Description 1 of 2

Common synonyms: Corvina Veronese, Cruina, Cassabria

Parentage of the grape: indigenous to Veneto, Italy

History of the grape: There are 6th century written documents by Cassiodoro, a magistrate of Visigoth King Theodorus, describing a sweet wine made from half dried grapes in Verona that is most likely an early version of Amarone or Recioto made from Corvina. “Straw wine,” the process used to make these wines by drying grapes on straw mats before pressing, is a style of wine-making that was passed on from the ancient Greeks. In 643 Lombard King Rotari wrote an edict protecting Corvina and other local grapes from being pulled. Venice became a center of trade during the Byzantine Empire, and Valpolicella (a name that is a likely combination of ancient Greek and Latin meaning “wine from many cellars”) wines made with Corvina (and traditionally Rondinella and Molinara) became a popular export. But subsequent trade embargoes with the Ottomans forced local wine-makers to broaden the scope of local viticulture. Corvina plantings managed to overcome the 19th century Phylloxera crisis fairly quickly and production of the grape continued, though more often in the style of Bardolino, which has Rossignola added to the same grape blend as Amarone and Valpolicella, but is not made from dried grapes. The Amarone process gained resurgence in the 1950s and today, Amarone and Recioto are some of the most sought after wines in the world.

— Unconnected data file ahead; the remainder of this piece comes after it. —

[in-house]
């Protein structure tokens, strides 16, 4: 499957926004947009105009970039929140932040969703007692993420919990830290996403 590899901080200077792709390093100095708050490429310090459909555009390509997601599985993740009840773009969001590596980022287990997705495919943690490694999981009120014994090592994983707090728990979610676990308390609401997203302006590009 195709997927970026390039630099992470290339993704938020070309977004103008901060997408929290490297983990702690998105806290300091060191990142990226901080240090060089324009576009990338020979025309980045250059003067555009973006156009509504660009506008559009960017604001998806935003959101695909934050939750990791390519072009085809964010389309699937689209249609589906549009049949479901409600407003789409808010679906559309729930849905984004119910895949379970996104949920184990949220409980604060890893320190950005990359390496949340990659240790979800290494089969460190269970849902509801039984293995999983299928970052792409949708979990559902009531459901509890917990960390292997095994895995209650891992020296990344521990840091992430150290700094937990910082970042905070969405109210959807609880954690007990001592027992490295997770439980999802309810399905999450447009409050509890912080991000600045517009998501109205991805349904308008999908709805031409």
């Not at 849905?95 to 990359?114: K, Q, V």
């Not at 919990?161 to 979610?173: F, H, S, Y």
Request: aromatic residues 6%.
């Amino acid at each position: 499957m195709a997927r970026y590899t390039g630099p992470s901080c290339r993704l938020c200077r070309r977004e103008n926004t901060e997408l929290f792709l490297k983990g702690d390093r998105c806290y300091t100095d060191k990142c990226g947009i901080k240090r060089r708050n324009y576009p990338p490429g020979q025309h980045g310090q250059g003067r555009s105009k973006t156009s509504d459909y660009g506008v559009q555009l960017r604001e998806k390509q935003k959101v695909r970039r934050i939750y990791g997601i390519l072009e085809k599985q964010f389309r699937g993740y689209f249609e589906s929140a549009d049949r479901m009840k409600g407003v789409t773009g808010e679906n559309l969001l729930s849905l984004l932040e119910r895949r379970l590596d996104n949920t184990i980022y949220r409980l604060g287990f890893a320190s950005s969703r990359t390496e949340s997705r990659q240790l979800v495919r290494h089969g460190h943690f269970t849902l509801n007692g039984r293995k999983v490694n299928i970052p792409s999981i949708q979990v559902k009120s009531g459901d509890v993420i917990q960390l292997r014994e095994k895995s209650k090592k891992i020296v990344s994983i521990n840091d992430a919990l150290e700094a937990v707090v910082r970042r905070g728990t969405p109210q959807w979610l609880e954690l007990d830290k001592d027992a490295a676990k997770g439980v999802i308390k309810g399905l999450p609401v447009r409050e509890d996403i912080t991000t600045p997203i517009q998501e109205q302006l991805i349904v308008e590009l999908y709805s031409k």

Characteristics of the grape: light to medium bodied, sour cherry, plum, slightly acidic, leather, violet. The grapes themselves have low tannins but thick skins that make them ideal for drying. 
Regions where the grape currently is important: Veneto, Italy: Valpolicella, Bardolino
Type or types of wines the grape produces: varietal dry red wines, most often blended in Bardolino and Valpolicella dry wines, dried in Amarone and sweet Recioto, passito (juice with leftover solids from Amarone and Recioto is filtered into Valpolicella before further fermentation to add body, complexity and flavor) and sweet sparkling wines. 
– Description from Amanda Schuster

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Description 2 of 2

(aka. Corvina Veronese)

Along with Molinara and Rondinella, Corvina is the varietal responsible for the production of Valpolicella and Bardolino in northeastern Italy. Corvina is generally regarded as the best of these grapes, and is often afforded the best vineyard locations. In its northern Italian homeland, it produces red wines with mild fruity flavor and hints of almond. The grape is most expressive as the main component of Veneto’s full-bodied, powerful and concentrated, dried-grape (Ripasso) red wines of Amarone and its sweeter version, Recioto. In North America, the varietal gets little attention. However, a lone producer in Southern Virginia is using to Corvina to make a traditional Amarone-styled wine.

You earn a living as a personal trainer pumping up Molinara and Rondinella in the Valpolicella arena. But when it comes to high stakes competition, you train alone on the slopes of northern Italy. Your regime is legendary, a training method developed in your homeland known as the Ripasso method. While working through this regime you lay out in the sun and pump up from dawn until dusk. You have achieved a powerful body, however the tanning process has left your skin dried and leathery. – Description from Appellation America (view original content)

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